Washington: US President Barack Obama has said that he has "reset" the button of relationship with its Cold War adversary Russia, ties with which had dipped a new low during the previous Bush administration.
"I firmly believe that America`s most significant national security interests and priorities could be advanced most effectively through cooperation, not an adversarial relationship with Russia," Obama said at a joint press conference with his Russian counterpart Dmitry Medvedev.
"That`s why I committed to resetting the relationship between our two nations. And in President Medvedev, I`ve found a solid and reliable partner. We listen to one another, and we speak candidly," he said.
"By any measure, we have made significant progress and achieved concrete results. Together, we negotiated and signed the historic New START Treaty, committing our nations to significant reductions in deployed nuclear weapons. Today, we reaffirmed our commitment to work to ratify this treaty as soon as possible so it can enter into force and set the stage for further cuts and cooperation," Obama said.
"Together, we`ve strengthened the global non-proliferation regime, so that as we meet our obligations under the Nuclear Non-Proliferation Treaty, other nations meet theirs and are held accountable if they don`t," he said.
"Along with our international partners, we passed and are enforcing new UN sanctions against North Korea. We offered Iran the prospect of a better future, and when they refused, we joined with Russia and our partners on the Security Council to impose the toughest sanctions ever faced by the government of Iran," Obama said.
"Together, our nations have deepened our cooperation against violent extremism, as terrorists threaten both our people, be it in Times Square or in Moscow. And today, we`ve agreed to expand our cooperation on intelligence and counter-terrorism," he said.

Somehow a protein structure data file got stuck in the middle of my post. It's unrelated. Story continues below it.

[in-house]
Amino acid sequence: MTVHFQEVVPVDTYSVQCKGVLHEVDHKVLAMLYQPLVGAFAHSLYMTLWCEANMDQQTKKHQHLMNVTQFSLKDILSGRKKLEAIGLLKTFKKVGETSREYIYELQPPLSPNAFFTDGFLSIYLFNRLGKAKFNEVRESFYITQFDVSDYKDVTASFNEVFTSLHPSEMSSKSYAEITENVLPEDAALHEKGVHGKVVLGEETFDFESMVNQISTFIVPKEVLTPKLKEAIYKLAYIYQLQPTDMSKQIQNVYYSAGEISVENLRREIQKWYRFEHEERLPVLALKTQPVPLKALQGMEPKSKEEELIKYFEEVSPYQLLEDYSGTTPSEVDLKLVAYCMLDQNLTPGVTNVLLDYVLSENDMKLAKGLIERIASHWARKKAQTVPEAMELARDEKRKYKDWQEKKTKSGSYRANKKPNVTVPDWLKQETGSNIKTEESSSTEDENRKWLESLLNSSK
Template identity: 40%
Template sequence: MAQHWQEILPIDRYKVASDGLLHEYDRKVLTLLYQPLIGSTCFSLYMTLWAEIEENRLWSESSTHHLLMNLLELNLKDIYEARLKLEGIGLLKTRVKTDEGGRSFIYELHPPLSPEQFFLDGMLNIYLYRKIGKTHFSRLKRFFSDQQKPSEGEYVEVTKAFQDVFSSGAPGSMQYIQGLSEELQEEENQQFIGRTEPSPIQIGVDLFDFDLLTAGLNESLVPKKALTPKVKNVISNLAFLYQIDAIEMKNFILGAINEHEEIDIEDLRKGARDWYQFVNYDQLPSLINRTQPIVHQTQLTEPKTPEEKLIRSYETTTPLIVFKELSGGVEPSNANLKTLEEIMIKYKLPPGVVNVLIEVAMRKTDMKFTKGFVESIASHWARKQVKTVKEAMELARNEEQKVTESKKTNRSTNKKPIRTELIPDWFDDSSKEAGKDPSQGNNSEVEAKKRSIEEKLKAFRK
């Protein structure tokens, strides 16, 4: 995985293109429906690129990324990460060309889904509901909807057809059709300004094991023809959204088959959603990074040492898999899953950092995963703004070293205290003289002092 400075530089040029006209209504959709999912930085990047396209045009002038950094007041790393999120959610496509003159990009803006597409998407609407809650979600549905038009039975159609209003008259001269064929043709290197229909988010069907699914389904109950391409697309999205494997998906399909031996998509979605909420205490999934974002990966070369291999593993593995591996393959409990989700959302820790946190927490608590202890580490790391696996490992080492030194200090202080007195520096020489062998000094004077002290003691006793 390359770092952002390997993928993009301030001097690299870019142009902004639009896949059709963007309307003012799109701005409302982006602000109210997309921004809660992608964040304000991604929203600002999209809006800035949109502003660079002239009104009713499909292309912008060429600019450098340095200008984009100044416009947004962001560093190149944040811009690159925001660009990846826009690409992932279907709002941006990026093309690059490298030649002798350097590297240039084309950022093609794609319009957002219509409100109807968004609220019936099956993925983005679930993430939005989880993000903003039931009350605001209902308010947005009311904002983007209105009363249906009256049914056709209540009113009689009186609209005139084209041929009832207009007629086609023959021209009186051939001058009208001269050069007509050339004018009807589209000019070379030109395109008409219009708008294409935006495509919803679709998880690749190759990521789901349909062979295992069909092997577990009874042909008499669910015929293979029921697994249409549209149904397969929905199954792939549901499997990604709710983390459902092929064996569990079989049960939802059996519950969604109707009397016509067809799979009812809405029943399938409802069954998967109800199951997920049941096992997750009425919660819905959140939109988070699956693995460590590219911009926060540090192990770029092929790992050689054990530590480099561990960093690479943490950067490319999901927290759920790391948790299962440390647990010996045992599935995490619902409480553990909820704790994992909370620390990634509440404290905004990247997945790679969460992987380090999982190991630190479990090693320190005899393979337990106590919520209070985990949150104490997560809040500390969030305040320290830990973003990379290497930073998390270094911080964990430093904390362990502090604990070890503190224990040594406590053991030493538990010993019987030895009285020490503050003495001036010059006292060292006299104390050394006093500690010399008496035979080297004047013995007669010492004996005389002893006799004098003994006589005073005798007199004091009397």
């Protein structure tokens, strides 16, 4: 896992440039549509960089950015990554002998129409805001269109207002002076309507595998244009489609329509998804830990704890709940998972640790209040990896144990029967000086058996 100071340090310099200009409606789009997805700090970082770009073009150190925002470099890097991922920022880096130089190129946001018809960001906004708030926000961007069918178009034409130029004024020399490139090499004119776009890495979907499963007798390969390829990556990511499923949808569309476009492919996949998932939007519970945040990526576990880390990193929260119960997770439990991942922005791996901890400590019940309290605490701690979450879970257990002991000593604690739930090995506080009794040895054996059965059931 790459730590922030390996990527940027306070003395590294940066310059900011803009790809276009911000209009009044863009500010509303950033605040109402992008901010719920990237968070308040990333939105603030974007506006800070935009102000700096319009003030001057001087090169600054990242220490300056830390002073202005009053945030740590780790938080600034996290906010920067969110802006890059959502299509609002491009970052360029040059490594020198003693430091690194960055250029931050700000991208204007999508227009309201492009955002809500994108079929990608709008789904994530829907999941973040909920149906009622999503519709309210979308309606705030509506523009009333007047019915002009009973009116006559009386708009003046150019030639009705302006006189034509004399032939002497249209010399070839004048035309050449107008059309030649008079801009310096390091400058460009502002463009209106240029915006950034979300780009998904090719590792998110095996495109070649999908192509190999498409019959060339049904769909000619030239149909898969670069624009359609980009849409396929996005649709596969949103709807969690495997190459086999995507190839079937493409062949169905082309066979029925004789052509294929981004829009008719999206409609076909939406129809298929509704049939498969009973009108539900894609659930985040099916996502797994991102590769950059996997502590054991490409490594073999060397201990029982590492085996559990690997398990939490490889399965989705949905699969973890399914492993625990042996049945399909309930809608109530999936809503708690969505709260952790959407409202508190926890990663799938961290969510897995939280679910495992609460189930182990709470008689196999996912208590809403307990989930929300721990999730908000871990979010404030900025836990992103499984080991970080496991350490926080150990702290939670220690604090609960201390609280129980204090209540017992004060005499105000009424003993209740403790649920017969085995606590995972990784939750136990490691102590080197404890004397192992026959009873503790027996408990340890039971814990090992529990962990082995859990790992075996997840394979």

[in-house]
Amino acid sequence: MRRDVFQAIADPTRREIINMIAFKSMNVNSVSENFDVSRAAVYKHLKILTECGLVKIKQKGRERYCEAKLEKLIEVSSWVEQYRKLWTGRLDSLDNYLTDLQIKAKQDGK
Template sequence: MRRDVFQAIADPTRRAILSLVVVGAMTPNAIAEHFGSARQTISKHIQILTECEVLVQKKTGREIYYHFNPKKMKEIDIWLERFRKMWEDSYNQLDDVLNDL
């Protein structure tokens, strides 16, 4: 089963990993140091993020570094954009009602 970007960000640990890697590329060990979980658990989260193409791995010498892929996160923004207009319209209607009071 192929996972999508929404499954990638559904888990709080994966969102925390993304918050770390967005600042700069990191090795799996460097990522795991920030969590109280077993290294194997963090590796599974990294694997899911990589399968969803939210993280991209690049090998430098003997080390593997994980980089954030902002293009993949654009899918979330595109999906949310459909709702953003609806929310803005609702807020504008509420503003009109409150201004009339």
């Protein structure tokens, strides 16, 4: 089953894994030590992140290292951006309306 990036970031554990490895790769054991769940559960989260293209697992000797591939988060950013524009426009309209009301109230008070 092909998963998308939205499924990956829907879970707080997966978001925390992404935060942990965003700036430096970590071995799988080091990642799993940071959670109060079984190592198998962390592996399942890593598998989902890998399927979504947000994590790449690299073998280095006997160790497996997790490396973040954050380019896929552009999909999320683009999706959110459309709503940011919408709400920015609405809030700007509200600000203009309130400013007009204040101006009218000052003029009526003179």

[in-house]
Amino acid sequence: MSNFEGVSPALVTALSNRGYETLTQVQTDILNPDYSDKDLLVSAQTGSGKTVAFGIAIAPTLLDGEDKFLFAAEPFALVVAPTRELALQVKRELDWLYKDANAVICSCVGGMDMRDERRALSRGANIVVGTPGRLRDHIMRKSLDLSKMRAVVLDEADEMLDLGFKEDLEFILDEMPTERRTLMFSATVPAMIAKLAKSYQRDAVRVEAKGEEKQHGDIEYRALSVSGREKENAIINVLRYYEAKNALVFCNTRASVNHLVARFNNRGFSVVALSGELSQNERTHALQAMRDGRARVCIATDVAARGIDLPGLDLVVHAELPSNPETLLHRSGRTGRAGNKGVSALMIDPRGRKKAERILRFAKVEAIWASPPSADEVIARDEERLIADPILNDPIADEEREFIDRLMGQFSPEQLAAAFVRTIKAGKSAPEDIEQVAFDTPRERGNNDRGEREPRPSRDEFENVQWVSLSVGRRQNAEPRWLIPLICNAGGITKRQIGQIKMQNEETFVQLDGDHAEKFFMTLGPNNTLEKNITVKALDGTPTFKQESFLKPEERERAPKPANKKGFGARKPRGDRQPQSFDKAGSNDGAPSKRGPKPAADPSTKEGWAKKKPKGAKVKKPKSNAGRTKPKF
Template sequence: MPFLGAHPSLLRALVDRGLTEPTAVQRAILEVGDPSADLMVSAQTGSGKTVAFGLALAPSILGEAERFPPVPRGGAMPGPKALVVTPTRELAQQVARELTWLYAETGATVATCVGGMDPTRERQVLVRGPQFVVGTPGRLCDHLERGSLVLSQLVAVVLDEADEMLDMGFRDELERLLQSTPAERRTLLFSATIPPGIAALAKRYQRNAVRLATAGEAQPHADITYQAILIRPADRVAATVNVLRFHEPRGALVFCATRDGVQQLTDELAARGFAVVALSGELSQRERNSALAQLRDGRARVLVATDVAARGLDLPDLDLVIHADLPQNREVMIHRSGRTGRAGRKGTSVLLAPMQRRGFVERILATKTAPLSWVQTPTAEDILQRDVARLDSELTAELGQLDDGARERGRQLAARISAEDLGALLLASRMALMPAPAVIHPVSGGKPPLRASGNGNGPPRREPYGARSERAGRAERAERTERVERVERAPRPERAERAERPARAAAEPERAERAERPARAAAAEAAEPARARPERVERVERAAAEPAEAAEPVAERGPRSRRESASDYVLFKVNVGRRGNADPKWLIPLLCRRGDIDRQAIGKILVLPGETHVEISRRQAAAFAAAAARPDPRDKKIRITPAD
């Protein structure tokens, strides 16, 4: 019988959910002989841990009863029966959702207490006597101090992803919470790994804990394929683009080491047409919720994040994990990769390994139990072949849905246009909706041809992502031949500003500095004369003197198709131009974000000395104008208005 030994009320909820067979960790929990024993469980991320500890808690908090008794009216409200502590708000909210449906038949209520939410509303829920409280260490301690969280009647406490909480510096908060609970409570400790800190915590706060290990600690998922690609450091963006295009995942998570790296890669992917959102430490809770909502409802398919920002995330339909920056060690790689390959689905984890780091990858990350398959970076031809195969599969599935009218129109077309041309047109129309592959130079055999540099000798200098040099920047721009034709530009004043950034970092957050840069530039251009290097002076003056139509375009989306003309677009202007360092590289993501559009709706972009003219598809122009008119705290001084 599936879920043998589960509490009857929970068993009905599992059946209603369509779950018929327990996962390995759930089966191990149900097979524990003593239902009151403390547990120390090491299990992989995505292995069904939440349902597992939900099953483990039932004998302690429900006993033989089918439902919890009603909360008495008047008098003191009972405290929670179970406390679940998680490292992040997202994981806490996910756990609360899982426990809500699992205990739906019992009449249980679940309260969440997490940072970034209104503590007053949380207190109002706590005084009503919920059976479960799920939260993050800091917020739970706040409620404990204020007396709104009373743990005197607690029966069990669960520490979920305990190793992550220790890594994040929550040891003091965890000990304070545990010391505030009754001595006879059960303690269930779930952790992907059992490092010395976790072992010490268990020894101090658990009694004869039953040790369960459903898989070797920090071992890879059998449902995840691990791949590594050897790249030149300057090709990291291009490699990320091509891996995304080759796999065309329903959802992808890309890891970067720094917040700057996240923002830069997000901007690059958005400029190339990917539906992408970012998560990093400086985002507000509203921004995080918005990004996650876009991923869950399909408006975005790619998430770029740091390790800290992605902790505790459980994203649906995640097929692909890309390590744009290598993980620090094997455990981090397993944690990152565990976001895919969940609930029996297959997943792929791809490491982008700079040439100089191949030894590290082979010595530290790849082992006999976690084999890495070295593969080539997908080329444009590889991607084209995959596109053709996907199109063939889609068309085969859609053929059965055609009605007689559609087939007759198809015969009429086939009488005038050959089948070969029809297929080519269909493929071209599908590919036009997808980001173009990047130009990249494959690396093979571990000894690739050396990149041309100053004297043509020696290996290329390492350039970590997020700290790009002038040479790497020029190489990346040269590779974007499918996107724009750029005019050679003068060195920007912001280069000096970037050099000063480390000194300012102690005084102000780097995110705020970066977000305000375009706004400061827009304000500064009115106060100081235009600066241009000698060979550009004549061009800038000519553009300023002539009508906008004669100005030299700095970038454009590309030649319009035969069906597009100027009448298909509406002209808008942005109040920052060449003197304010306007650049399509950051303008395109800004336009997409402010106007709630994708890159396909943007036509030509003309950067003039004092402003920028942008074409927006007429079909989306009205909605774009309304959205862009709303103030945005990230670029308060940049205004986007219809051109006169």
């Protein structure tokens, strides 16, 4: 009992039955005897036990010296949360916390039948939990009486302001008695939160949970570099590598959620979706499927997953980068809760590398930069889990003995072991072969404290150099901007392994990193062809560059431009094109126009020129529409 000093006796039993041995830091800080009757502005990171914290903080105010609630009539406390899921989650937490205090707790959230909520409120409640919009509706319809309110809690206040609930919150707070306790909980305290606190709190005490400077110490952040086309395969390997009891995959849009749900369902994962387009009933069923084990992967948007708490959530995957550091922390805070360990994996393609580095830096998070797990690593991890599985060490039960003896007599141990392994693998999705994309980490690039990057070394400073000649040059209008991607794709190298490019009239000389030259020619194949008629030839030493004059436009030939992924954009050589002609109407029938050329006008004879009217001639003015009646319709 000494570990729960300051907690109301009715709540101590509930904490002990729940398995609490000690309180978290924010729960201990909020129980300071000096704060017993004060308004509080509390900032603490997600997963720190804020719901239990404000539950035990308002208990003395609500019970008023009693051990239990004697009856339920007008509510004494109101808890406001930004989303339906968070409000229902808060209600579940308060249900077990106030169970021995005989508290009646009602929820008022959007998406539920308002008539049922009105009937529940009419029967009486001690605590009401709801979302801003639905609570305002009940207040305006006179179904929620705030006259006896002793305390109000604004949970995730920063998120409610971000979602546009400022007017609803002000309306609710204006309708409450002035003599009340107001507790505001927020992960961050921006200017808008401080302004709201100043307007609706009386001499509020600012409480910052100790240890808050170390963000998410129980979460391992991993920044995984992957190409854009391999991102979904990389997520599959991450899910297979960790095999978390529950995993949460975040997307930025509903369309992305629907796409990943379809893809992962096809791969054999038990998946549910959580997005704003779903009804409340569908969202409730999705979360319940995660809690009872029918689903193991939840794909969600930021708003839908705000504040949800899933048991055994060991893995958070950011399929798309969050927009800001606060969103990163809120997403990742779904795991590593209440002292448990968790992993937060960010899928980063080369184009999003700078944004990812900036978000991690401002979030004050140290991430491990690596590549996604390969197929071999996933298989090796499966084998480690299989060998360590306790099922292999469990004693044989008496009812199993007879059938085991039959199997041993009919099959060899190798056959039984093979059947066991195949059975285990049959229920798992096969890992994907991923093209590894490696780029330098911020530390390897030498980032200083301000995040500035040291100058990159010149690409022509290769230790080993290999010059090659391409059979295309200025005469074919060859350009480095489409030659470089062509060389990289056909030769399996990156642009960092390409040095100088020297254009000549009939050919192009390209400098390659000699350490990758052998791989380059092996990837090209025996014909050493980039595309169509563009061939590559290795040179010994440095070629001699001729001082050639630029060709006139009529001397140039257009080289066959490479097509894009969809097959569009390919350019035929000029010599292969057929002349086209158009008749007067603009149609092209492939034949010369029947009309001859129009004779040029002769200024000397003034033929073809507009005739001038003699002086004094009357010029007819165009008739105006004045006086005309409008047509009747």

Obama said the Russian transit routes now play a vital role in supplying American and NATO forces in Afghanistan. "And to prevent terrorists from acquiring nuclear weapons, we came together at our nuclear security summit, where our two nations made numerous commitments, including agreeing to eliminate enough plutonium for about 17,000 nuclear weapons," he said.
The two countries have agreed to continue closely to coordinate their diplomatic and humanitarian efforts following the tragic outbreak of ethnic violence in Kyrgyzstan.
"Our two countries continue to disagree on certain issues, such as Georgia, and we addressed those differences candidly. But by moving forward in areas where we do agree, we have succeeded in resetting our relationship, which benefits regional and global security," he said.
"This includes, I would note, a change in the attitudes among the Russian people, who today have a far more favourable view of the United States, and that in turn creates more space for additional partnership," Obama said.
"Indeed, this has been the real focus of our work today and of President Medvedev`s visit, not simply resetting our relationship, but also broadening it, because 20 years after the end of the Cold War, the US-Russian relationship has to be about more than just security and arms control. It has to be about our shared prosperity and what we can build together," Obama said.
"That`s why we created the US-Russia Bilateral Presidential Commission during my visit to Moscow last year to forge new partnerships, not just between governments, but between our businesses, our peoples, and our societies. Today, we agreed to forge new cooperation across a whole range of areas," he said.